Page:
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Exploring a potential trade for Chris Archer

Winter Meetings rumors are swirling and the Rays ace might be the best player available

Tampa Bay Rays v St Louis Cardinals Photo by Dilip Vishwanat/Getty Images

The Cardinals are searching for an impact bat. Chris Archer is a pitcher and not an impact bat. On the surface, pursuing Archer doesn’t appear to fulfill the Cardinals stated needs. If we remove bat from the equation above and limit the Cardinals search to impact, then Chris Archer most definitely applies. He might be the best player currently available, and despite the Cardinals rotation looking fairly set, he would make a big difference on the outlook for the Cardinals this season.

As for whether he would be an upgrade, Chris Archer has exceeded 200 innings in each of the last three years. His 4.6 WAR last season was 10th among pitchers, and his 13 wins over the last three seasons is bettered by only seven pitchers: Clayton Kershaw, Chris Sale, Max Scherzer, Corey Kluber, Jake Arrieta, Jose Quintana, and Zach Greinke. Only Archer, Sale and Quintana will play next season under the age of 30.

His ERA was 4.07, which in this hyped up offensive era playing in the AL East is still above-average, but his FIP was 3.40 and a better indication of his outlook going forward. Projections agree as Steamer gives Archer a 3.43 ERA and 4.3 WAR for next season. If you look at his Baseball-Reference WAR of 1.2 last season, it might give you pause. Baseball-Reference uses runs allowed and then makes an adjustment based on team defense. The Rays defense was overall very good causing a negative adjustment of nearly a win.

Archer did not actually see the benefits of this good defense as seen by his .325 BABIP, about 30 points over his career average, a LOB% lower than his career average, and an xwOBA of .292, which is 20 points lower than his actual wOBA of .311. Archer strikes out 29% of batters and walks just 7% pitching against the designated hitter. He is an ace, and a rotation fronted by Archer and Carlos Martinez would be tough for any team to match.

As for whether Archer is available, Marc Topkin of the Tampa Bay Times says there is considerable interest:

The Rays also are getting a predictable high volume of interest in starting RHP Chris Archer, who is under control for four years at a very reasonable $34 million, with the Braves, Brewers and Twins joining the Cards, Cubs and others. As one competing exec said when asked how many teams were in on Archer, "Who wouldn’t be."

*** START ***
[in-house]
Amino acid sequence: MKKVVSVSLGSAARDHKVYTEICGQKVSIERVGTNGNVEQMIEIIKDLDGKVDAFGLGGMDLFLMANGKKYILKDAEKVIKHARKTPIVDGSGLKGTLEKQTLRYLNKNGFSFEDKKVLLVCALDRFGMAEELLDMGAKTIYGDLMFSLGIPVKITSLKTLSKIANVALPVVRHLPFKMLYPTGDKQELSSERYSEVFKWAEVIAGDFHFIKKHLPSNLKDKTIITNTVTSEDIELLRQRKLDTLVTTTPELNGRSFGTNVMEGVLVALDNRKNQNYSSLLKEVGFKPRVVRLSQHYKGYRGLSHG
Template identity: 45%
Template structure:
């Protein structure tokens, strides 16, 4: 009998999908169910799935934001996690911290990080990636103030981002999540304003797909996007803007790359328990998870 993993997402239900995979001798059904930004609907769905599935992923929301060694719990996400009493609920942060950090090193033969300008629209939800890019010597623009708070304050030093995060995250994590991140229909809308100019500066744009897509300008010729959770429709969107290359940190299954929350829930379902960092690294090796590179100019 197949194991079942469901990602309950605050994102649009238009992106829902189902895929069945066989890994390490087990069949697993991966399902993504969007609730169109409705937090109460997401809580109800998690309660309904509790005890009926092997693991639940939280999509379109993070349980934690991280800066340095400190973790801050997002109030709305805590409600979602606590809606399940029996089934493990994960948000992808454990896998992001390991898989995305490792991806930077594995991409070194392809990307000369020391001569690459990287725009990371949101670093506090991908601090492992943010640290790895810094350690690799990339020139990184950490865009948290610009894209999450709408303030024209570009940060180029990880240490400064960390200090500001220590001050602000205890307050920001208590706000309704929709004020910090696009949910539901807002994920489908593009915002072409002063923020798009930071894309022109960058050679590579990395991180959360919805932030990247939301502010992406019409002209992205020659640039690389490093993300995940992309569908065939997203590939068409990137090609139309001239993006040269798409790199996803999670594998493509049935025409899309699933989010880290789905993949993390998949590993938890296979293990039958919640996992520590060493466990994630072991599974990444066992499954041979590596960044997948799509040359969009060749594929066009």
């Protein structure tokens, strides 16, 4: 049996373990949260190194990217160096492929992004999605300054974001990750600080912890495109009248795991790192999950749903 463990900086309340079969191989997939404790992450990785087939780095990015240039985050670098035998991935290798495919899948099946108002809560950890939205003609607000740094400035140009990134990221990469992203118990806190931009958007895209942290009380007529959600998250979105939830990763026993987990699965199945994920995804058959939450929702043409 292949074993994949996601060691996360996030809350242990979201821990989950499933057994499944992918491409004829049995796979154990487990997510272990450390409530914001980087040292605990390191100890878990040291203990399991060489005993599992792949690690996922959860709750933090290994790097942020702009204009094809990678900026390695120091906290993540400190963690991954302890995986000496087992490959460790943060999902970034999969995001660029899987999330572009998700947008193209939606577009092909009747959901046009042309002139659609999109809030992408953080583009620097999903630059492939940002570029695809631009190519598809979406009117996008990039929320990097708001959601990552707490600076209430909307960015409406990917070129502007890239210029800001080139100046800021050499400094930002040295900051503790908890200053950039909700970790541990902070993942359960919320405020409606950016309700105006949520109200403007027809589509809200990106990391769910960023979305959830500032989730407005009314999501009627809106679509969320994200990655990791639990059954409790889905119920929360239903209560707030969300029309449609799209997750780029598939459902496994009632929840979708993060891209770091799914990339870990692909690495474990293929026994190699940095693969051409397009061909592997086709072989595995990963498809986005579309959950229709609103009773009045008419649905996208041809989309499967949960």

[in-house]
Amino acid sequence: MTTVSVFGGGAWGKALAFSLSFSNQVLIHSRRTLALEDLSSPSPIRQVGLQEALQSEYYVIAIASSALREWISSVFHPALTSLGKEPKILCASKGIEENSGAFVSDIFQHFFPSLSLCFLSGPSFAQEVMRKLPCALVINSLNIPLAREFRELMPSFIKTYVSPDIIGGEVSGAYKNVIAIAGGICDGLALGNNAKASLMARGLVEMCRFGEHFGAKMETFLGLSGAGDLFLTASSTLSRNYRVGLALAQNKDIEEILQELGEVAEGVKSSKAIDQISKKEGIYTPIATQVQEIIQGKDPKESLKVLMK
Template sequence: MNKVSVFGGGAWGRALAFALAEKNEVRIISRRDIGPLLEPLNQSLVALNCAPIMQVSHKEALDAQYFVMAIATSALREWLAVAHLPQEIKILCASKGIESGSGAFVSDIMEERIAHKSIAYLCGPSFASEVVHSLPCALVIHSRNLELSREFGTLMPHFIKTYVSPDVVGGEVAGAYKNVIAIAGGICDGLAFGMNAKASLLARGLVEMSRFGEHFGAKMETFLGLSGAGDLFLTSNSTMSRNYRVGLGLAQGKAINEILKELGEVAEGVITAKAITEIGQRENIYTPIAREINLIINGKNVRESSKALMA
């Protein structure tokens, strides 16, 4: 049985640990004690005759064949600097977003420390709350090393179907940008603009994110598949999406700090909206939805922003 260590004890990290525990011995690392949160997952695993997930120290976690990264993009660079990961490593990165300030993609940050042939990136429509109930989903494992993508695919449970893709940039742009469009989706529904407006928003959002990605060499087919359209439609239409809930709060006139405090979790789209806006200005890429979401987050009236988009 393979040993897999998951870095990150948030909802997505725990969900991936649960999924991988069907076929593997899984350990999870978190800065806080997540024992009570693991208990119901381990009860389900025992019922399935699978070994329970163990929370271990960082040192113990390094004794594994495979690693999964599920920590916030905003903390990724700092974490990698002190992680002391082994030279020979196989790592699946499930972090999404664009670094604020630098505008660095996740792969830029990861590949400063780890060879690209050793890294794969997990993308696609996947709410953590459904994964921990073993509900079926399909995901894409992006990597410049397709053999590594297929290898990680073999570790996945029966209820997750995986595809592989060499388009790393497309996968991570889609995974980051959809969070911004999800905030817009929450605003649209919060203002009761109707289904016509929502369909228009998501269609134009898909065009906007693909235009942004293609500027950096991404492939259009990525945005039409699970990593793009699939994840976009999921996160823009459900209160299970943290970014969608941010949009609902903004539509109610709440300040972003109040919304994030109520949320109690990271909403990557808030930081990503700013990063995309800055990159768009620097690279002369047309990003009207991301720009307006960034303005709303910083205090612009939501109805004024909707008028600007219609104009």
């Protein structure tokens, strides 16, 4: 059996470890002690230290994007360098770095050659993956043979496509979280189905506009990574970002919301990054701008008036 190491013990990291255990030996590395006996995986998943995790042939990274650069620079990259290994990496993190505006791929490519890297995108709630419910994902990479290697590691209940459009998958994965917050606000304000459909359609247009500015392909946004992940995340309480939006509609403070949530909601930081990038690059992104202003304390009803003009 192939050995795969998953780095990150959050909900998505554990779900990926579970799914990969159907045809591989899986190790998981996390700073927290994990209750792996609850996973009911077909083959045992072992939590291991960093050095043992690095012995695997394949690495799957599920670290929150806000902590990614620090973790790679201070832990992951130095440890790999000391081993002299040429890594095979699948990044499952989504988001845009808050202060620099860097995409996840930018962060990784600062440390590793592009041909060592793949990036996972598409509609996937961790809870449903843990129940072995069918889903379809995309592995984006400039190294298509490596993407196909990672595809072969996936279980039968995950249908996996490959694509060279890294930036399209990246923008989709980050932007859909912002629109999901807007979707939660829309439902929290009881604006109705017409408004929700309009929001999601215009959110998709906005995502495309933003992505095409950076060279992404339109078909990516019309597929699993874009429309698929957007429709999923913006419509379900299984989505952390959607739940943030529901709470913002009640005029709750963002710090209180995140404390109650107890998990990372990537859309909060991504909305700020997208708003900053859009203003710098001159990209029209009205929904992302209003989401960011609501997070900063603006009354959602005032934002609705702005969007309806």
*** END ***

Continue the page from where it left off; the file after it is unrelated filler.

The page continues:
Derrick Goold had this to say about that article:

The Cardinals rotation is already good. Depending on who exits the rotation, this move would make the Cardinals around 2.5 wins better next season and might make them the best rotation in the majors. Trading for Christian Yelich or Marcell Ozuna would likely have a similar impact. Trading for Josh Donaldson or Manny Machado would make a bigger impact, but would only bring that upgrade for a single year.

In November, I proposed the following deal for Archer as part of my ideal offseason.

Cardinals trade Jack Flaherty, Carson Kelly, Aledmys Diaz, Jordan Hicks, and Harrison Bader for Chris Archer

This one is going to hurt. Say goodbye to Yadi’s heir, a top pitching prospect and three other intriguing, top-100ish pieces. The Rays live on young, cost-controlled talent and getting a pitcher who can step in right away plus a catcher who is ready for the majors now, but could share the job with Wilson Ramos for one year helps them right now. The Rays middle infield situation isn’t great and Diaz could compete their for a starting job or at least play a utility role. Hicks has a ton of upside, and Bader might be able to compete for a spot in the outfield depending on how the team re-arranges first base and designated hitter.

Archer should command roughly the Quintana/Sale price with a contract that pays him just $33 million over the next four years, and maybe the package above falls a little short, but it is probably pretty close. You could sub out Weaver for Flaherty if that made the optics better.

Obviously Diaz is no longer available so some other substitution would be necessary, but this is probably pretty close to value for a pitcher of Archer’s talents. The team is also looking at Alex Colome, and we explored a potential Evan Longoria move last week. Colome might increase the deal by a little, but I definitely wouldn’t mind seeing him removed from the deal given the high cost usually associated with proven closers.

Given the monetary cost of Archer, that still leaves the possibility of a deal for Yelich or Ozuna where the Cardinals eat some of the salaries the Marlins are hoping to purge from their books in order to give up fewer prospects. The team could also still take on the considerable salaries of Josh Donaldson or Manny Machado.

Everyone wanted the Cardinals to trade for Giancarlo Stanton. It didn’t happen. Trading for Archer would take some of the sting out of that loss and going with Archer plus Yelich, Ozuna, Donaldson, or Machado would have more of an impact—considerably more if it is the latter two—than bringing in Stanton alone. It’s perhaps not the expected offseason for the Cardinals, but it would be an incredibly good outcome and a great offseason for a team hoping to move into the upper echelon of teams. These moves would put them there.